Learning from Medellín with Alejandro Echeverri

“I think, if you want to write a new narrative at some specific moment in the story of a city, it is important that you have to feel the transformation and see the transformation. So the physical transformation is important but always there is more a spiritual thing, as happens with emotional connections and inspirational things.” ______Architect Alejandro Echeverri.

EcheverriPhotoIf you have an interest in Latin America or in urban matters, you will have read by now that the city of Medellín, Colombia has undergone a startling transformation in the past fifteen years. In the 1980s and 1990s, the name of Medellín evoked fearsome drug cartels, violence and terrorism.

But in the 2000s, Medellín took a dramatic turn for the better. In 2012, it was selected from 200 contenders as Innovative City of the Year in a survey organized by the Wall Street Journal and the Urban Land Institute. Today, it features regularly among lists of forward-looking cities and must-see destinations. Read more

NIC: Global Trends 2030

The US NATIONAL INTELLIGENCE COUNCIL released a study GLOBAL TRENDS 2030: ALTERNATIVE WORLDS.  The talking points about demographics are as follows:

Rapid extensions of life expectancy likely: global deaths from communicable diseases projected to drop by more than 40 percent.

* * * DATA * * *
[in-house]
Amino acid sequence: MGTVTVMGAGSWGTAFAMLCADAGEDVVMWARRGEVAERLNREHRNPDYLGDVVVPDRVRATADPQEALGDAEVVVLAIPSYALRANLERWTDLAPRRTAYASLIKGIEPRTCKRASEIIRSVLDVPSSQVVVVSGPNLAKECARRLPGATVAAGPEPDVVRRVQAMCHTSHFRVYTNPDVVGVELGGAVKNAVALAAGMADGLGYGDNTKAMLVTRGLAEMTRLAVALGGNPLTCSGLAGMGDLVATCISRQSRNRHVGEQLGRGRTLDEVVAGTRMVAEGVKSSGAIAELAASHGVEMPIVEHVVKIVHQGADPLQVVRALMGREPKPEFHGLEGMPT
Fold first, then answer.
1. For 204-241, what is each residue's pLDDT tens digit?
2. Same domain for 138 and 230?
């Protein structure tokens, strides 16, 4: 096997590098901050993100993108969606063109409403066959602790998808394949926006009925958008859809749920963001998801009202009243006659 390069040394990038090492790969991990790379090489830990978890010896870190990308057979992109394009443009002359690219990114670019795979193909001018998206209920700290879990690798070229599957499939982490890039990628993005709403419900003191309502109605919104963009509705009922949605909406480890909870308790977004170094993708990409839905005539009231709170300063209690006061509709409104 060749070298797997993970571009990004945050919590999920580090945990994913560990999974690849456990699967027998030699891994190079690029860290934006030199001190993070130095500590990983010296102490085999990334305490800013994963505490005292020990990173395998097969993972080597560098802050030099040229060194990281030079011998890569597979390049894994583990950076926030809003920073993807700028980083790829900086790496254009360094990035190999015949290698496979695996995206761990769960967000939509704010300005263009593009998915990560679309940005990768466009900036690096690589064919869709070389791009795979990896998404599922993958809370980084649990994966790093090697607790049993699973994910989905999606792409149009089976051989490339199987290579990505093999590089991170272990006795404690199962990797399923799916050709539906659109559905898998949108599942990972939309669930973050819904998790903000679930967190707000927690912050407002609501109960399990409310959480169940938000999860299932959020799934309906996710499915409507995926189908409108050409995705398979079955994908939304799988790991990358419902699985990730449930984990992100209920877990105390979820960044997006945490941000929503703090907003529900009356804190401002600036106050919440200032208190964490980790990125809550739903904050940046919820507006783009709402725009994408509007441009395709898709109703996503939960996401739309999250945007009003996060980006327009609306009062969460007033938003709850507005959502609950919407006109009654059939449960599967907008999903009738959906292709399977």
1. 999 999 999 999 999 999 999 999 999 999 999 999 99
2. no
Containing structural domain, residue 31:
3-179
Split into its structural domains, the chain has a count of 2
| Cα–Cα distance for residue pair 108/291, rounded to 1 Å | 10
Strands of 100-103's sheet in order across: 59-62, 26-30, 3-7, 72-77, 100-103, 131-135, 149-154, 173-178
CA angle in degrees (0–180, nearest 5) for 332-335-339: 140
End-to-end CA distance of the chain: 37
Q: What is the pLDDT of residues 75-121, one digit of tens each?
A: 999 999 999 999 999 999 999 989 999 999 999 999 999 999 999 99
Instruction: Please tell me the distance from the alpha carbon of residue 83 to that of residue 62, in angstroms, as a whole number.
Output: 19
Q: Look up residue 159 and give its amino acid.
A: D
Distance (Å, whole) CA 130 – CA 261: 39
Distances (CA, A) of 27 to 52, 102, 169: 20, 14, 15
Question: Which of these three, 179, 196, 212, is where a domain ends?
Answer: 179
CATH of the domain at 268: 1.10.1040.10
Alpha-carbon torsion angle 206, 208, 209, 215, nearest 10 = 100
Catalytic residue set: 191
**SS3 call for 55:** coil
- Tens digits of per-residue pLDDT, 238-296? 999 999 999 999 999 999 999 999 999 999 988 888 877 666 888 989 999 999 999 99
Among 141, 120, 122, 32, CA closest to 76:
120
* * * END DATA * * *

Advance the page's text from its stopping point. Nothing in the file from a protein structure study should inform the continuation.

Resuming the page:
Some countries, particularly in Sub-Saharan Africa and South Asia, will still have youthful populations, but demographic arc of instability will narrow on both east and west flanks.

“Aging” countries face the possibility of decline in economic growth. Increased migration will spread to emerging powers.

Urbanization set to grow to almost 60 percent.

Starting at page 20 of the FULL REPORT is Megatrend 3: Demographic Patterns.

On page 24 is a table on the ‘Demographic Window of Opportunity’ for various countries.

Nine Out of 10 Latin Americans Will Live in Cities by 2050

Region is already the world’s most urbanized, with 80 percent of the population living in cities. 

FROM FOX NEWS LATINO:

RIO DE JANEIRO –  Almost nine out of every 10 people in Latin America will live in a city by the year 2050, and the region should use this moment of economic stability and slower population growth to make those cities more equitable, said a UN report issued Tuesday.

The report by the United Nations Human Settlements Programme said the region is already the world’s most urbanized, with 80 percent of the population living in cities. This growth came at a cost: it was “traumatic and at times violent because of its speed, marked by the deterioration of the environment and above all, by a deep social inequality,” the report said.

“The main challenge is how to develop in a way that curbs the enormous inequalities that exist within cities,” said Erik Vittrup, the head of human settlements of UN-Habitat’s regional office for Latin America and the Caribbean. “There are other cities that have been through these urban transformations and don’t have this level of inequality. It goes against the economic model in Latin America. Cities didn’t grow more inclusive; the prosperity wasn’t for everyone.” READ MORE.